Nigeria gets action plan to cater for sick newborns
•Moves to end preventable stillbirths by 2030
•Records 871,000 premature babies yearly
The Federal Government has launched three new policy documents to tackle health of newborns. They are Nigeria Every Newborn Action Plan, Essential Newborn Care Course (ENCC) training package and National Chlorhexidine Scale Up Strategy document.
The action plan is to serve as a roadmap that focuses on packages of interventions that address care during labour, birth and the first week of life as well as care for small and sick newborn babies.
Speaking at a briefing to commemorate the World Prematurity and Pneumonia Day in Abuja yesterday, the Minister of Health, Prof. Isaac Adewole, stressed that the every newborn initiative highlights government’s commitment to end preventable stillbirths by year 2030.
“It takes into consideration the evidence from the 2011 Newborn Situation Analysis; the Nigerian Newborn Health Bottleneck Analysis; the 2014 Nigeria’s Call to Action to save every newborn’s life and elaborates the newborn component of the Integrated Maternal, Newborn and Child Health Strategy,” he said.
He noted that the ENCC training package was developed based on a combination of documented evidence about newborn health in the country while not losing sight of global best practices.
Adewole went on: “It conveys the national recommended standards for use at all levels of health care delivery by decision-makers, programme managers and development partners for capacity building of frontline health workers, provision of quality newborn health services and overall development of newborn into childhood.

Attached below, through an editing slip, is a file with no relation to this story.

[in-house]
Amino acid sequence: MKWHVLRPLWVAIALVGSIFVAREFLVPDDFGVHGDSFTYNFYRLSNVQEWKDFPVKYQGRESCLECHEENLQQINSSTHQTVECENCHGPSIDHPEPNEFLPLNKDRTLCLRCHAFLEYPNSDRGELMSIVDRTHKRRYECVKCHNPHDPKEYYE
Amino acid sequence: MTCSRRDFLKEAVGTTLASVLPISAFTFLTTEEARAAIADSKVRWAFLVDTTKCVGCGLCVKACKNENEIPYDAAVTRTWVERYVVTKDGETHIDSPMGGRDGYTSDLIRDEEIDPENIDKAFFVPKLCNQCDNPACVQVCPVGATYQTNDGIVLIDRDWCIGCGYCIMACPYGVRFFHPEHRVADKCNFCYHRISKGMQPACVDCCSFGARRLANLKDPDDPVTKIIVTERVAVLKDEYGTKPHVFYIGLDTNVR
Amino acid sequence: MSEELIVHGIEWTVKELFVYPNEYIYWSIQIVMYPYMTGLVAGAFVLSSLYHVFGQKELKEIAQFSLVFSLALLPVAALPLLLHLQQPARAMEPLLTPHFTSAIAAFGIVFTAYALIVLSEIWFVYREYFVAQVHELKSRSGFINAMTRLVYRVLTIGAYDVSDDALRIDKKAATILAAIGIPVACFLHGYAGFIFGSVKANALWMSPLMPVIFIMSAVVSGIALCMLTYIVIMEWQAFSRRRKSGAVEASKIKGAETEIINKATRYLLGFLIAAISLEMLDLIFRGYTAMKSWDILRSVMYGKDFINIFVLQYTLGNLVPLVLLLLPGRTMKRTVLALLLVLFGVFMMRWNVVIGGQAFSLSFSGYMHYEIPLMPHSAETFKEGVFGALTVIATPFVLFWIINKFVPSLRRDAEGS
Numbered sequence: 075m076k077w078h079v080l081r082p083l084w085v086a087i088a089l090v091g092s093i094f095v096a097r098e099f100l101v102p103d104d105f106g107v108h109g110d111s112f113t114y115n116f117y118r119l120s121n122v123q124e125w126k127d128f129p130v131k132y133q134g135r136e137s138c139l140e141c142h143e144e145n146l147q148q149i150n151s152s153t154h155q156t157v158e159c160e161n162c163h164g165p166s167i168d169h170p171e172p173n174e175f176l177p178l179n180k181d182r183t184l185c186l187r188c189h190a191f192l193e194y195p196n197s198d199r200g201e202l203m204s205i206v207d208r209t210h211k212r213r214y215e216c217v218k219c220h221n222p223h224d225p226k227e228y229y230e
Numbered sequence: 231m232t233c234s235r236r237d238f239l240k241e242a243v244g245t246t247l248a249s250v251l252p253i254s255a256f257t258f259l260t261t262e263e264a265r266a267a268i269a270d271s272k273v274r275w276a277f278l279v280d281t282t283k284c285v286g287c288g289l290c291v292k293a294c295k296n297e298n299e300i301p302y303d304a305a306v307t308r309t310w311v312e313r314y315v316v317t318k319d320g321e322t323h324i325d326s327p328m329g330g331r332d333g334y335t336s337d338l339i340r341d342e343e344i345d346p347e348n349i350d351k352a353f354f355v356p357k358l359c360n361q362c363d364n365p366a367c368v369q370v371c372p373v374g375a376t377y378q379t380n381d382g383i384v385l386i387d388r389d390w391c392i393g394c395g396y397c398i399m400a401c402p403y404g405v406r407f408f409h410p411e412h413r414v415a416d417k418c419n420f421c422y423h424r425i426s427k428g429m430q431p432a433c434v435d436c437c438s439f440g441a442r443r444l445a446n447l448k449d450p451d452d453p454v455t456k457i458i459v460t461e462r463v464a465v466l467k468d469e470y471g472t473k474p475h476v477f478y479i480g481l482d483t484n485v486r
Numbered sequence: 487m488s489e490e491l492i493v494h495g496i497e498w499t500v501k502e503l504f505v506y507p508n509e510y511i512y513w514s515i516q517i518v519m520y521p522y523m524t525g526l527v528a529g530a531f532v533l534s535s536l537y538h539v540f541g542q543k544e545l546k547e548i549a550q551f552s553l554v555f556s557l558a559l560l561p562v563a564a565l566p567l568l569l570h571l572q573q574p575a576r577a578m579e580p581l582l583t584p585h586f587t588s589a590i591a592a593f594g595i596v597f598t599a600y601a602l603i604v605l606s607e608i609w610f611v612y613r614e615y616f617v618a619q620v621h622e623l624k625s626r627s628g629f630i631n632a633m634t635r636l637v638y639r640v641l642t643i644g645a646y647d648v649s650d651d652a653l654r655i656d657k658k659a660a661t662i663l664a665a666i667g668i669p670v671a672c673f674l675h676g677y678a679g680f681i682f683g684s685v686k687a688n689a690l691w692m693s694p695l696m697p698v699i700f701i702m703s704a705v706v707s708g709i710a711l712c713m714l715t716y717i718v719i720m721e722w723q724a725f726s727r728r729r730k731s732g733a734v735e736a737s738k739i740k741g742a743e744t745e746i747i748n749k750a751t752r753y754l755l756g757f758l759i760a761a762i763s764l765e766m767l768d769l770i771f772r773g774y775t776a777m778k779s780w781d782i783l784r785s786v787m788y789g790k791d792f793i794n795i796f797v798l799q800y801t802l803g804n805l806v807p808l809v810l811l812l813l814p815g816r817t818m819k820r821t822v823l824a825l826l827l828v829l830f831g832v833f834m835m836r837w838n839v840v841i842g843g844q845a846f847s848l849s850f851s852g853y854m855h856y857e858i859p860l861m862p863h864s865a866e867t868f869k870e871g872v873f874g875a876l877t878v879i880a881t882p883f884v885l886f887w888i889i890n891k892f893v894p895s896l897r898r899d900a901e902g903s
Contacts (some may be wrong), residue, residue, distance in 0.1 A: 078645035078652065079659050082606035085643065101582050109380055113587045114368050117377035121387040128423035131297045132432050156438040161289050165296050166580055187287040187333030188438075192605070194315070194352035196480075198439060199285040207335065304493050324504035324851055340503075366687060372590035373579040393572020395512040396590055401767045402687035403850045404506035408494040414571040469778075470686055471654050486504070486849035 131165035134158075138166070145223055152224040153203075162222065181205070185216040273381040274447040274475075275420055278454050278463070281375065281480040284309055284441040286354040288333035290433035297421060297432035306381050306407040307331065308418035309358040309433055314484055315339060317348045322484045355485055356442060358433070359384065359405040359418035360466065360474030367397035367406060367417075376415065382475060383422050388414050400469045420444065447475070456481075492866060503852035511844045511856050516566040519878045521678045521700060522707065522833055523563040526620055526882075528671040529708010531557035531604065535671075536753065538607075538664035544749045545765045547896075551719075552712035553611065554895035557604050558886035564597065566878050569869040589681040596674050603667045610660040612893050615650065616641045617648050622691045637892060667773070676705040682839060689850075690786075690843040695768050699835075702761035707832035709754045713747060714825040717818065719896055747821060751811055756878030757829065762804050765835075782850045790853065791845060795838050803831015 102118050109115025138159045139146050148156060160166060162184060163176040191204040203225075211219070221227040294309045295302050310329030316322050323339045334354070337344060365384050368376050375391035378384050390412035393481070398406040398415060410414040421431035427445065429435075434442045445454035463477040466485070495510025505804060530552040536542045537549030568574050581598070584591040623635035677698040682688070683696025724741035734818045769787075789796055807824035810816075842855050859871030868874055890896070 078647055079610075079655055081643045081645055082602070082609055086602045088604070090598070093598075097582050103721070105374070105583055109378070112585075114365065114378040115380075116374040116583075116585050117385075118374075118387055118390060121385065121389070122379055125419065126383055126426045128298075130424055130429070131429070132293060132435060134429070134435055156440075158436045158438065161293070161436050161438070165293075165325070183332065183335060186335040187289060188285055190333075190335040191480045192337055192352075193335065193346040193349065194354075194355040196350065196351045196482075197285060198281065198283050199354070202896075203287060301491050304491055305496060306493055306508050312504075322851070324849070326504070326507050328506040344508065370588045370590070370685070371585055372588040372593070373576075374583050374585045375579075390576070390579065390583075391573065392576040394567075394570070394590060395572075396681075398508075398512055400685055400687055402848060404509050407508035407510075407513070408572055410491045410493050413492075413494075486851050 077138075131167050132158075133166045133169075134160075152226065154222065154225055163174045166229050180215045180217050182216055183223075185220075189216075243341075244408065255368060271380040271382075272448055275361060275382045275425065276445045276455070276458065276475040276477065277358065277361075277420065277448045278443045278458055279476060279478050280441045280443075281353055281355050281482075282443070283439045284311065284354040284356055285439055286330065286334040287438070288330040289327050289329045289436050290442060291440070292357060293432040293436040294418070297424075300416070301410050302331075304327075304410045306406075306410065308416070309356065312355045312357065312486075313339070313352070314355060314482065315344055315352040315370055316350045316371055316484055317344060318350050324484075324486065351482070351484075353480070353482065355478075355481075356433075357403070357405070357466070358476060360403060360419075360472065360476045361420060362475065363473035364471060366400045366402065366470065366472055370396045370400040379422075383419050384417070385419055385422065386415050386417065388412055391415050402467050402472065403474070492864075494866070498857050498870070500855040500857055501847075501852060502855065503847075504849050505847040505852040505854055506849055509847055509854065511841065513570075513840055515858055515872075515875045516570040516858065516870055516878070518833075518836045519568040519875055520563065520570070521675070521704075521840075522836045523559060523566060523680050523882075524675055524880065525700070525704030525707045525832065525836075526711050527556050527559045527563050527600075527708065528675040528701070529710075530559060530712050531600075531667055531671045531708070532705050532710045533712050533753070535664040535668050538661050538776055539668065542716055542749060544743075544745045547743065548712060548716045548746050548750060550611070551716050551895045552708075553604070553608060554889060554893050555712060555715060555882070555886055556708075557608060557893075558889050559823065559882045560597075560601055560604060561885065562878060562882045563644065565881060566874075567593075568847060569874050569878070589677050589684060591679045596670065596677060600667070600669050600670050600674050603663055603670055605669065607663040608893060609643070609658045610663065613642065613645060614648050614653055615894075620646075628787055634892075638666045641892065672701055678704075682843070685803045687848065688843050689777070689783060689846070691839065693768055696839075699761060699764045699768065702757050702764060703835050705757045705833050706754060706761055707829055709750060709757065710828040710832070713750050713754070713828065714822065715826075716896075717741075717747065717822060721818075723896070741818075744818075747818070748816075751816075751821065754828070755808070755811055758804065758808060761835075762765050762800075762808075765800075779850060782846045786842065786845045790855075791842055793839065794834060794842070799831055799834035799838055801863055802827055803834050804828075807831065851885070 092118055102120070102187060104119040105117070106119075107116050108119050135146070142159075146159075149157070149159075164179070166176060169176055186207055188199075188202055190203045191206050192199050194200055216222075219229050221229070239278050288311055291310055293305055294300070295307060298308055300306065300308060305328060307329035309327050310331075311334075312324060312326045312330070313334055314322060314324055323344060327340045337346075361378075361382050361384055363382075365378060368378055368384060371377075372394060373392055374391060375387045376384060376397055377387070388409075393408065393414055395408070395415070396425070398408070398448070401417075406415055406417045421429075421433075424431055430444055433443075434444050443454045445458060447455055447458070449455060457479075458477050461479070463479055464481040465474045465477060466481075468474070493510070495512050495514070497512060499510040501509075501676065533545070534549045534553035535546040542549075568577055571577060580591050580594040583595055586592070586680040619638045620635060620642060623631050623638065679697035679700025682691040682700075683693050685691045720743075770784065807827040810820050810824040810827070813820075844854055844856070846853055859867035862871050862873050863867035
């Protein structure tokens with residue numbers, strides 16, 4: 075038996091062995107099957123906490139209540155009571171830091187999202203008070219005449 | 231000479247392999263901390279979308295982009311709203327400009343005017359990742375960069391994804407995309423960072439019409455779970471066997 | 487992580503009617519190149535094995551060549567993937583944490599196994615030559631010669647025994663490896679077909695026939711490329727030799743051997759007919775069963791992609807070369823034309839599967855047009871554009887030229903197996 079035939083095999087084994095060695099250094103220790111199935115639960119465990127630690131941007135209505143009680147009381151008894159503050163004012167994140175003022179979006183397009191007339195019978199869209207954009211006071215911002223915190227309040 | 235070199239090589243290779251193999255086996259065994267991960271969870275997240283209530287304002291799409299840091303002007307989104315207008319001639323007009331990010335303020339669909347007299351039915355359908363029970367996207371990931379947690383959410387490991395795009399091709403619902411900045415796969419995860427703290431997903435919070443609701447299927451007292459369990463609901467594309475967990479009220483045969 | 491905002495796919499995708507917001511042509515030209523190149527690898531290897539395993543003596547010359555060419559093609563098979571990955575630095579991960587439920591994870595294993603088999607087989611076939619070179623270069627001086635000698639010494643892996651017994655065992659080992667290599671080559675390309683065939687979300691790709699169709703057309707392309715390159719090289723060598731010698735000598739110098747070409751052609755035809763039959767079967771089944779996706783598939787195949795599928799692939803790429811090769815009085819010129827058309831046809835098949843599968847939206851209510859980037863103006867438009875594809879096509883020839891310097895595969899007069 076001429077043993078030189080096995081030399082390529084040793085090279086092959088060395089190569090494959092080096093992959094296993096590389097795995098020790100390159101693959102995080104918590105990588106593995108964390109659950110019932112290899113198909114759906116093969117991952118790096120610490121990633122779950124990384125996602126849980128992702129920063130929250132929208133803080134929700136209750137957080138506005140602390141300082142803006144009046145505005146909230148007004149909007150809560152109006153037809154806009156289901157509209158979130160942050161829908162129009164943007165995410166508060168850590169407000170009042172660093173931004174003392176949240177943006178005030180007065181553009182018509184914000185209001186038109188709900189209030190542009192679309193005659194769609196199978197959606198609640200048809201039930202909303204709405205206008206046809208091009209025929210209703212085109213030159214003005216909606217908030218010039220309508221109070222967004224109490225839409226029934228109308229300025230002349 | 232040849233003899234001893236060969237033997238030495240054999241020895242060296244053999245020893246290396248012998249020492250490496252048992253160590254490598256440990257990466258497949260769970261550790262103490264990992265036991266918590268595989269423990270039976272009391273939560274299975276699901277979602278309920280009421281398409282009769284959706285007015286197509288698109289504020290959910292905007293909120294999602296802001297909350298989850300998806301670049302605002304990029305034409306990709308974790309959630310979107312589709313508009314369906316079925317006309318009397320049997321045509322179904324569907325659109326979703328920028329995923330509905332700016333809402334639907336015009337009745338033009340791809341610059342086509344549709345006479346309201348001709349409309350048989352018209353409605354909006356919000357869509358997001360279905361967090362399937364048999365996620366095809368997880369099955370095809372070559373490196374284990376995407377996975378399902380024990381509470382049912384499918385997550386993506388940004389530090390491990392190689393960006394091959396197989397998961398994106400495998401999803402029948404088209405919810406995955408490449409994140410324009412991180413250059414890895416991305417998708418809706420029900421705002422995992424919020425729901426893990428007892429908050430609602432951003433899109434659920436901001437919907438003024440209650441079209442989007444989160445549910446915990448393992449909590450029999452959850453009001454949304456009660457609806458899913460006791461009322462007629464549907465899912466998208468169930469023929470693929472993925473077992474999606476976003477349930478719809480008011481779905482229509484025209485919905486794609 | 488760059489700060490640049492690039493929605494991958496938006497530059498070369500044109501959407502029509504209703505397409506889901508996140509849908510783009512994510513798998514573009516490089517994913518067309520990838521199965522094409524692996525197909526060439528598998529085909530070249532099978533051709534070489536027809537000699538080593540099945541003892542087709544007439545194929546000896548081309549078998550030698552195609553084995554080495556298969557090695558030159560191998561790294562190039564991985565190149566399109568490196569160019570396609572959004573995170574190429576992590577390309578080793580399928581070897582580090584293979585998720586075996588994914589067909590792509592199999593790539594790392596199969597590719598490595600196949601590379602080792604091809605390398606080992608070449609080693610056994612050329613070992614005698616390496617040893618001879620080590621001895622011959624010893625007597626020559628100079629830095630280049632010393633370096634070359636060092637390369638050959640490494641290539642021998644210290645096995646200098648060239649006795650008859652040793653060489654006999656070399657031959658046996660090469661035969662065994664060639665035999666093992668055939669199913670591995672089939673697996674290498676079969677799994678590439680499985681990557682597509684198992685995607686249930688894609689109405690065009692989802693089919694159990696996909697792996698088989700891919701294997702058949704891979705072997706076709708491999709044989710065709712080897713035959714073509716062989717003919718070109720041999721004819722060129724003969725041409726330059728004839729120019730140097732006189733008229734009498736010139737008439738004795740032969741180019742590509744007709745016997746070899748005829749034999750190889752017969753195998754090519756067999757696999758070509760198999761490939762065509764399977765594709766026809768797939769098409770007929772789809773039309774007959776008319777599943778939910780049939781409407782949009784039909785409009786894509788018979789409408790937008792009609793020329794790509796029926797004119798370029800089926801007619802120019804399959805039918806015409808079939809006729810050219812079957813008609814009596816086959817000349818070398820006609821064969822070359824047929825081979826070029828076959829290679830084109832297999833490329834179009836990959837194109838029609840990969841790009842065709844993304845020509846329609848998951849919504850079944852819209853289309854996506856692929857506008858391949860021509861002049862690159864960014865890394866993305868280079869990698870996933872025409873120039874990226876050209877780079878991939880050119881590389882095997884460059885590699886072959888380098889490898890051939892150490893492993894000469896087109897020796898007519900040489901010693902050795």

“National Chlorhexidine Scale Up Strategy document highlights government’s drive to ensure that four per cent Chlorhexidine gel is readily available and used across the country for umbilical cord care. This is one of the 13 lifesaving commodities stipulated by the United Nations Commission and adopted for accelerated access and use in Nigeria.
“The gel can drive significant reduction in neonatal morbidity and mortality. An implementation plan was also developed to guide the process of operationalising the strategy.”
He noted that the day was set aside to raise awareness on the global burden of preterm births and pneumonia with a view to repositioning these issues on government agenda.
He added: “As a country, we thought it strategic to combine the commemoration of these two days this year because they are intricately linked as prematurity is a major risk factor for neonatal pneumonia.
“Globally, about 15 million babies are born prematurely each year. Nigeria, being the third largest contributor to this number, has an estimated 871,000 babies born preterm every year.
“Babies born too soon have a higher risk of death that is 13 times higher than babies born at term. Thus, one of every three newborn deaths is attributable to complications of prematurity. Those who survive may face life-long disabilities, including learning, visual and hearing problems and their quality of life is greatly affected.”